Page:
ASGA Hires Kelly Chambers as Executive Director

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The Board of Directors of the Alberta Seed Growers’ Association (ASGA) is pleased to announce the appointment of Kelly Chambers as the association’s new Executive Director, effective March 1, 2016.

With over 30 years experience in the agriculture industry, not only in Alberta but across Western Canada, Chambers’ connections and perspective will be a great asset to ASGA and its members. After initiating the search for the new Executive Director in December, the Board of Directors screened many qualified applicants. This was followed by the appointed Hiring Committee interviewing a select group of applicants before coming to this decision.

“Kelly’s background in agricultural project research, coordination and group management will serve ASGA well as we work to drive forward our mandate and be active in Alberta’s ag industry,” says ASGA President, Glenn Logan. “She has demonstrated that she has the experience to lead change and maintain strong industry relationships while keeping up to date on new policies and programs within Canadian agriculture.”

Chambers, who holds a Bachelor of Science in Agriculture (Soils and Biology) from the University of Saskatchewan, comes to ASGA from a recent position as Market Development and Research Coordinator at Alberta Barley. Chamber’s other recent work includes her role as the Manager of the Feed Coalition and over seven years with the Calgary Stampede as Agriculture Program Coordinator.

“I come to the ASGA with extensive experience in the agriculture sector. Most of that time has been spent extending innovation and technology to producers and urban audiences. I look forward to working with the Board of Directors to expand ASGA’s value back to Alberta’s seed growers as well as helping ASGA communicate with producers and the public the important role pedigreed seed plays in the value chain,” says Chambers.

Chambers will be based in Calgary and can be reached at [email protected] or via phone at (403) 325-0081.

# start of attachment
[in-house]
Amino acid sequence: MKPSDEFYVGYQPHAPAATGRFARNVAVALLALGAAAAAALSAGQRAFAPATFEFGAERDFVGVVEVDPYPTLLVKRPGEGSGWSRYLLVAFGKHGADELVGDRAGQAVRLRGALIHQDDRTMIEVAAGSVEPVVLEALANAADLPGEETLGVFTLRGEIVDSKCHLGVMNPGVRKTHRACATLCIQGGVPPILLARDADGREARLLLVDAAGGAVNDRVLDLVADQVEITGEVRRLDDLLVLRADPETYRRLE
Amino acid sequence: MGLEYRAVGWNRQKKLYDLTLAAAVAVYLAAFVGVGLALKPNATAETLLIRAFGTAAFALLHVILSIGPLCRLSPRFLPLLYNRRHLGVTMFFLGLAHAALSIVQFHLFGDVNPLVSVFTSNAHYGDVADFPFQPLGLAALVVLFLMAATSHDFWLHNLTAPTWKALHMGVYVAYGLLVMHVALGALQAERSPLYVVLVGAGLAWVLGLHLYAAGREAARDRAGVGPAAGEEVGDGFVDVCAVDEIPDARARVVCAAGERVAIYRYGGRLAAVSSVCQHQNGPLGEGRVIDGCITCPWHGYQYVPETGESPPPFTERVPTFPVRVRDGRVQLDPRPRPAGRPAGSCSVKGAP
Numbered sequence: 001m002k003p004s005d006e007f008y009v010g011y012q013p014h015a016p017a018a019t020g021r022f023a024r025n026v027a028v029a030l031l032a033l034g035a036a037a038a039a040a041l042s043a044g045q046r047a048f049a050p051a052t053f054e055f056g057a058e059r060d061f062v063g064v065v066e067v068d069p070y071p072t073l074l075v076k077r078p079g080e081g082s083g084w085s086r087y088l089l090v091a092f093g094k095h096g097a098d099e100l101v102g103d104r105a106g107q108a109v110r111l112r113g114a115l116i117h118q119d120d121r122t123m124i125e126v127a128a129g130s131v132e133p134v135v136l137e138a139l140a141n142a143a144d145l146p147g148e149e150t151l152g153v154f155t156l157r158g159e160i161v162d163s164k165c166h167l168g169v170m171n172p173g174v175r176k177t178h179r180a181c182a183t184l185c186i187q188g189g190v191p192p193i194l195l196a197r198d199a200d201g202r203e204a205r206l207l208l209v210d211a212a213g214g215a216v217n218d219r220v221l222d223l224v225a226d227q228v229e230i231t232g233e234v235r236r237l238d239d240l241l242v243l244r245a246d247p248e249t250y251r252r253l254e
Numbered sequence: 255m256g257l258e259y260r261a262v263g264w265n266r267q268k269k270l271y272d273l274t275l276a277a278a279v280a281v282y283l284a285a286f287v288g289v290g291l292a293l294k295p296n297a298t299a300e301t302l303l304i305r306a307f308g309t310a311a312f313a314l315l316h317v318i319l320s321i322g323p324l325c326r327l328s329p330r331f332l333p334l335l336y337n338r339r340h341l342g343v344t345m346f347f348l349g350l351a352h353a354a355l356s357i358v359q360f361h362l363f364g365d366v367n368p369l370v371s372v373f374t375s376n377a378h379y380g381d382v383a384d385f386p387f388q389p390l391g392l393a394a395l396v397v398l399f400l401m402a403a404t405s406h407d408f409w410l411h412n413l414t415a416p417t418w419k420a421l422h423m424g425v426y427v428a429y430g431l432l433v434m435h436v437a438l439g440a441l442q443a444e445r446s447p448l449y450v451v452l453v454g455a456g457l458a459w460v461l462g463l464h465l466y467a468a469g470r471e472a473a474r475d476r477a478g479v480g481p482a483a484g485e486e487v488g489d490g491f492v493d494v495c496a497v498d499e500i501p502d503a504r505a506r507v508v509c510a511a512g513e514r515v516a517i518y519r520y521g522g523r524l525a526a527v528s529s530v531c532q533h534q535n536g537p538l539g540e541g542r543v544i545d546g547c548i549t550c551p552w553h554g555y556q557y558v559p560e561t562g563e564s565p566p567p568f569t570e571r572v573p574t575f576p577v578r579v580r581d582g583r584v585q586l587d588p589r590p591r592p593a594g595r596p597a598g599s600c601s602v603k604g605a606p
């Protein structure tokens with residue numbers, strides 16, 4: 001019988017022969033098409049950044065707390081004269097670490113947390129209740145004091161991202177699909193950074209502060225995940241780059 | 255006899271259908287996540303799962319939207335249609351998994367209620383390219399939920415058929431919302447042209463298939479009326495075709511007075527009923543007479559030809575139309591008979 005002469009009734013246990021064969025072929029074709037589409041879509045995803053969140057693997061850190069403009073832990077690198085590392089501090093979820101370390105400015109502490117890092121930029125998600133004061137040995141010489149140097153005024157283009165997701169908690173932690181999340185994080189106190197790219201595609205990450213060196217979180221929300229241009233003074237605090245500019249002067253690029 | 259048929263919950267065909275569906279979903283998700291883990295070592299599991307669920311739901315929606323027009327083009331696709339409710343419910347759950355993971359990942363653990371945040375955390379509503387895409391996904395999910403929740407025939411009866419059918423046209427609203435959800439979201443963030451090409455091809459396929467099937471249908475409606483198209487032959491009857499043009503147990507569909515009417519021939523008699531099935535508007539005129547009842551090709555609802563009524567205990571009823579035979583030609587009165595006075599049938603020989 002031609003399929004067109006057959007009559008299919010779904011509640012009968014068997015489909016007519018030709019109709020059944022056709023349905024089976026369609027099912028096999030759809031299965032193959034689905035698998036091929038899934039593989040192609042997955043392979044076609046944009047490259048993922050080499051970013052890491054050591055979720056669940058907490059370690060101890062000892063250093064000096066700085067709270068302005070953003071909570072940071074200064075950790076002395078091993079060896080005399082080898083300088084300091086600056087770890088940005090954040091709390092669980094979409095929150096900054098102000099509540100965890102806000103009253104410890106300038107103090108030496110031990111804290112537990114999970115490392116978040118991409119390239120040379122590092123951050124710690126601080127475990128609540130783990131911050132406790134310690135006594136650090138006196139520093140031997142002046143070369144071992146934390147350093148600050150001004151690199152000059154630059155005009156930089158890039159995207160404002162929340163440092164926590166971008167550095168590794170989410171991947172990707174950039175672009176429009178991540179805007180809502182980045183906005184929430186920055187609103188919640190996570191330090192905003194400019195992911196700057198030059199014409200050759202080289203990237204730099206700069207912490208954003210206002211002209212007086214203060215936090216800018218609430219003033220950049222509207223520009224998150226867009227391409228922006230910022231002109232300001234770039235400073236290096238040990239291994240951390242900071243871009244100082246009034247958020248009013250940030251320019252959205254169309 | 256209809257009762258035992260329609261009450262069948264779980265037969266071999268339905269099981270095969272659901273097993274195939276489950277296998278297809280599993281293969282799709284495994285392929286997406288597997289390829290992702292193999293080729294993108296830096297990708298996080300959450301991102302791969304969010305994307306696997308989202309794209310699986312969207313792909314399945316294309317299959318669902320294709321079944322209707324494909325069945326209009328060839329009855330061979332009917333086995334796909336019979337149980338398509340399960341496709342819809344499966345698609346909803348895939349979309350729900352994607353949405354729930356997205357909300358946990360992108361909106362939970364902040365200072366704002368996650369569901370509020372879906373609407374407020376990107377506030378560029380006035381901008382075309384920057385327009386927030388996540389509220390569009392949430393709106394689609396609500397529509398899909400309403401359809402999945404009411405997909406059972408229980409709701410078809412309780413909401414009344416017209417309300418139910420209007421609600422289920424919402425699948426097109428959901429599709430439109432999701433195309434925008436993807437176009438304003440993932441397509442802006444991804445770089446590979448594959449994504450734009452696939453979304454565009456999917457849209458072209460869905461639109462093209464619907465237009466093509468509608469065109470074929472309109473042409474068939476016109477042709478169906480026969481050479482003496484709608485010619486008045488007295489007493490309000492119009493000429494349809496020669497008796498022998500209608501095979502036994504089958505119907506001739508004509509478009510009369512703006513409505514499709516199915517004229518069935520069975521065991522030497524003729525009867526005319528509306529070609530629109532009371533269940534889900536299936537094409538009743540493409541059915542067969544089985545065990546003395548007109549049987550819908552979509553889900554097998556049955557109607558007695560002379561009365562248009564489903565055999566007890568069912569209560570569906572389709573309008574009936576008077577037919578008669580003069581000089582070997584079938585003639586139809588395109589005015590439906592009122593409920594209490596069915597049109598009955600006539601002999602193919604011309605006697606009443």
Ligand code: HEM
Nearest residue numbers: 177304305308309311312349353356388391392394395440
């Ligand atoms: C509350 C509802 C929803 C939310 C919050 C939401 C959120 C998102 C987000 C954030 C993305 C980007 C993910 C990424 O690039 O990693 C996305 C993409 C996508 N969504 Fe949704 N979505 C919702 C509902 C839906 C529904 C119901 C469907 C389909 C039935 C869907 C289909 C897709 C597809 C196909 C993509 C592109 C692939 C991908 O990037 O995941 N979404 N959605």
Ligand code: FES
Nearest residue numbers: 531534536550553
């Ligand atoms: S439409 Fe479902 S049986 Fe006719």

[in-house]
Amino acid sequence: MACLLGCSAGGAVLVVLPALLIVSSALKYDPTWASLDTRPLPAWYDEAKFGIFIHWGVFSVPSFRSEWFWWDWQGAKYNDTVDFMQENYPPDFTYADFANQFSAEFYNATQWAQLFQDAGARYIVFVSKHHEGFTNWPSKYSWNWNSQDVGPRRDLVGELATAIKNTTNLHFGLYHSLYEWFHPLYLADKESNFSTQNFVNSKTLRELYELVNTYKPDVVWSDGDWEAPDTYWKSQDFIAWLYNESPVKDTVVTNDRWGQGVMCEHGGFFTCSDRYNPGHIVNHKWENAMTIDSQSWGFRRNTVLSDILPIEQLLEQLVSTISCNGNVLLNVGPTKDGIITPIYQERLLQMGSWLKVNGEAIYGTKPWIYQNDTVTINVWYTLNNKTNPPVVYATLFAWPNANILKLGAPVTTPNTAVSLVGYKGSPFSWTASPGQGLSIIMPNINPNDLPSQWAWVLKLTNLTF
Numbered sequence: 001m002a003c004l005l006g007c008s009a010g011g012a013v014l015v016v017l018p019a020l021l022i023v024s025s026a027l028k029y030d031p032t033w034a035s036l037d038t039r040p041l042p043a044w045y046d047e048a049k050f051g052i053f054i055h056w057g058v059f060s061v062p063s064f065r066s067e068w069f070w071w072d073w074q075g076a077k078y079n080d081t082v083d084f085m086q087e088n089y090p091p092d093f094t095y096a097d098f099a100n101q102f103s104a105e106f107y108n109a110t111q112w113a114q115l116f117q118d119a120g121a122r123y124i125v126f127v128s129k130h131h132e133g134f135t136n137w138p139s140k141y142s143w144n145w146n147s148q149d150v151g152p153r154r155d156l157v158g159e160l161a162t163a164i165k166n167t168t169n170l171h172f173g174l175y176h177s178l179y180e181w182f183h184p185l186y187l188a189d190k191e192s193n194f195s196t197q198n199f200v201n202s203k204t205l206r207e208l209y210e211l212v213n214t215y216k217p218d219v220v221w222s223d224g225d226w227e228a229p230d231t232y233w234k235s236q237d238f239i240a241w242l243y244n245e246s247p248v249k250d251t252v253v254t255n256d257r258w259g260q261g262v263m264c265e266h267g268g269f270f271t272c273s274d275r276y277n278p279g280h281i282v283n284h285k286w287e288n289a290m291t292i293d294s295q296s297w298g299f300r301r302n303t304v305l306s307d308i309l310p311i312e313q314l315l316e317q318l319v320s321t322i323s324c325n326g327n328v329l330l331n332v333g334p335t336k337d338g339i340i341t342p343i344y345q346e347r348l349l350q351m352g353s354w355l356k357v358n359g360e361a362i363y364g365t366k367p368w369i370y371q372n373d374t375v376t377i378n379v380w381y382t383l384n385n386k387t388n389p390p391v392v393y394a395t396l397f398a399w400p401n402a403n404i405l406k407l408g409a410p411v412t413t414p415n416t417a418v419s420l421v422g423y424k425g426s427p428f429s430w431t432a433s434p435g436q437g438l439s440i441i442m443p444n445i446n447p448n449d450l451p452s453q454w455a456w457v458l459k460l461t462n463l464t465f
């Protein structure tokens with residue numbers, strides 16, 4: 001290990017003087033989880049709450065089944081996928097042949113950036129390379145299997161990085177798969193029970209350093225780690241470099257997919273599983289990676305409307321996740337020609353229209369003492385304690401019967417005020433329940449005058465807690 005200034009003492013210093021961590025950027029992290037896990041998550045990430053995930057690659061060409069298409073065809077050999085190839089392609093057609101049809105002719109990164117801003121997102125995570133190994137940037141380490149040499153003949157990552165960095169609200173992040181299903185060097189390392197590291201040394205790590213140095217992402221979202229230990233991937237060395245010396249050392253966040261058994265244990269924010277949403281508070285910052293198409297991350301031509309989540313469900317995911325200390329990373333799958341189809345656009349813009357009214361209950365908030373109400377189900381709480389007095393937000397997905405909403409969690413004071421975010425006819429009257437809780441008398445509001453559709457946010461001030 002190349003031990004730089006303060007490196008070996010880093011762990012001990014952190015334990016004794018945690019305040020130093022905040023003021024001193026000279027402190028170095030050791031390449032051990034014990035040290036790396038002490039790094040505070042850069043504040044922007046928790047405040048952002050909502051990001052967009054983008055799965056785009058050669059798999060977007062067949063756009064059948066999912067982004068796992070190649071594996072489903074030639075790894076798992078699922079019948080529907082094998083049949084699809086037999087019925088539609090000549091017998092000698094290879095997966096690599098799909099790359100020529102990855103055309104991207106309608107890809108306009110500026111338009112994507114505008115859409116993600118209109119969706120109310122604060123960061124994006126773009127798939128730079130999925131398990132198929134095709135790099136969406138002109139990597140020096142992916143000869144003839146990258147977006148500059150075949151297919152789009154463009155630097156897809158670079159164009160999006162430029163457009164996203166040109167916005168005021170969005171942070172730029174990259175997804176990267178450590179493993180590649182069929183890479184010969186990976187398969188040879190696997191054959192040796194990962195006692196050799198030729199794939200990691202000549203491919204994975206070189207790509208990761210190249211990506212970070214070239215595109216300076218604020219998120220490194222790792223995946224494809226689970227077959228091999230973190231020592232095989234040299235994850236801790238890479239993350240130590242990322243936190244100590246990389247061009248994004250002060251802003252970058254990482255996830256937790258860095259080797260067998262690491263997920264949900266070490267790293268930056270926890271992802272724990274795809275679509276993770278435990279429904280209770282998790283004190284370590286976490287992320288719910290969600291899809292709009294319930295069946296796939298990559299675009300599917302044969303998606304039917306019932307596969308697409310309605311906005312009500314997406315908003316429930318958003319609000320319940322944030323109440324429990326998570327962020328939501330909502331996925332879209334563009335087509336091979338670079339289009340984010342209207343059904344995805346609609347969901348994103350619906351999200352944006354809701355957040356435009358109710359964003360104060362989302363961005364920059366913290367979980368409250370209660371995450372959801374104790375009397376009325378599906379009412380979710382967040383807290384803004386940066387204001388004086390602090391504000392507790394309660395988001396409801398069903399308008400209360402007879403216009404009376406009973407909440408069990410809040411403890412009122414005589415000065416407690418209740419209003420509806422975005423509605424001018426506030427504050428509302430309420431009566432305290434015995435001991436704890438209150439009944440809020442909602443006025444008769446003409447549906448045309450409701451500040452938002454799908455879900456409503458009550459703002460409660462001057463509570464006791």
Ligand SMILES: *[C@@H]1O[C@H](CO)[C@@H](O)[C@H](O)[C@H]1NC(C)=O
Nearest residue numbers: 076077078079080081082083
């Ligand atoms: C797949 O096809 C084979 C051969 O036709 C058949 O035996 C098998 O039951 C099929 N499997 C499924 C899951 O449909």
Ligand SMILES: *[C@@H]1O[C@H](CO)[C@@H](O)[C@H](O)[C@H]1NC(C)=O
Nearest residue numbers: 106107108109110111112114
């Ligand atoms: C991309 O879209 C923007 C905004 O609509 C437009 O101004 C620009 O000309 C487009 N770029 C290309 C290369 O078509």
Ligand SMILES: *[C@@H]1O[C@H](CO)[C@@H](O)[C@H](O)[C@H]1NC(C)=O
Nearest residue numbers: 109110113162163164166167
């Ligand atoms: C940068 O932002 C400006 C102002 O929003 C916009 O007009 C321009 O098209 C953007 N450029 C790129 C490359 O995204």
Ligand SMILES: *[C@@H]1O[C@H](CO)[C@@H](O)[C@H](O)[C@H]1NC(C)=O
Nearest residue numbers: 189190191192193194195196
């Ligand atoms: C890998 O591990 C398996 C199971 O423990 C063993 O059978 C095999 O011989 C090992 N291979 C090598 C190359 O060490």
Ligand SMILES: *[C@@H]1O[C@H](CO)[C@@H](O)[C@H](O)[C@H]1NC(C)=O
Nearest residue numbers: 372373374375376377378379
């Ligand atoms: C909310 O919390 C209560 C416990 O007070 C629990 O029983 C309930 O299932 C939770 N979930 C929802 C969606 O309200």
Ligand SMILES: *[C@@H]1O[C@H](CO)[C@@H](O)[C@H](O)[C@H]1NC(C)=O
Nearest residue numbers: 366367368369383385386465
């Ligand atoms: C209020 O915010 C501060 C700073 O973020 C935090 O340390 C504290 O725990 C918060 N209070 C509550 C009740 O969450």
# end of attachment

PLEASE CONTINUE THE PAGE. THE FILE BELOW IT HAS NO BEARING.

One of seven branches of the Canadian Seed Growers’ Association, ASGA represents over 700 members across the province delivering new technologies and plant genetics through high-quality pedigreed seed to our agriculture industry. Our vision is to ensure pedigreed seed produced in Alberta strengthens global crop-based value chains.

PGDC Helps Fuel an Industry at Annual Meeting

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New varieties are the fuel that keeps the seed and agriculture industries going, and the Prairie Grain Development Committee helped provide that fuel at its annual meeting this week in Saskatoon, Sask. Fifty-four new cultivars in four different crop categories were considered for recommendation, delivering even more options for stakeholders throughout the agriculture sector and beyond.

Twenty-seven cultivars were considered for recommendation by the wheat, rye and triticale committee, with the majority of them being recommended for registration, according to committee secretary Francis Kirigwi.

The high number looked at by the PRCWRT this year was due in part to modernization of the Canadian wheat class system. Under the modernization plan, two new wheat classes will come into effect on Aug. 1, 2016: Canada Northern Hard Red (CNHR) and Canada Western Special Purpose (CWSP). Three wheat classes will be eliminated: Canada Western Interim Wheat (CWIW), Canada Western General Purpose (CWGP), and Canada Western Feed (CWF).

“This offers us a chance to request support for candidates that didn’t make the CWRS class,” said committee chair Curtis Pozniak. “This gives an opportunity for us to take another look at lines that might fit into these new classes.”

One cultivar that was brought back for re-examination was BW968, a spring wheat bred by AAFC’s Richard Cuthbert that has a 10 per cent higher yield than Glenn wheat.

Fifteen lines were considered for registration by the pulse and special crops committee. They included six bean lines, four pea lines, four lentil lines and one canarygrass line. “It’s a bit less than in previous years, but more diverse,” said committee chair Glen Hawkins.

Four flax lines were considered and ultimately recommended for registration by the oilseeds committee, according to chair Daryl Rex — three brown-seeded flax cultivars and one yellow-seeded cultivar. Compared to last year that’s down quite a bit, when there were more than 10 lines considered for registration.

Four barley and four oat lines were recommended for registration by the oat and barley committee, according to committee secretary Pat Juskiw. Out of the four oat lines, three were milling oats and one was bred for equine feed. All four barley lines were for malting, with two recommended for full registration and two for interim registration.

Seed of the Year and Other Recognition

A recognition luncheon was held, with several members of the industry given special mention for their work.

University of Saskatchewan researcher Pierre Hucl was given the award for Seed of the Year for the hard red spring wheat variety CDC Teal, a variety best adapted to the black soil zone of Western Canada. It combines early maturity with good yield potential, increased kernel size and leaf and stem rust resistance. It was developed at the University of Saskatchewan from a three-way cross involving BW514, Benito and BW38.

Retiring PGDC members Nancy Edwards and Myriam Fernandez were given special mention. Edwards worked with the Canadian Grain Commission and served on the PRCWRT quality evaluation team, while Fernandez worked with AAFC Plant Pathology and served on the PRCWRT disease evaluation team.

Wheat breeder Stu McBean and Seed Depot’s John Smith, who both passed away recently, were also mentioned at the luncheon for their work and time served.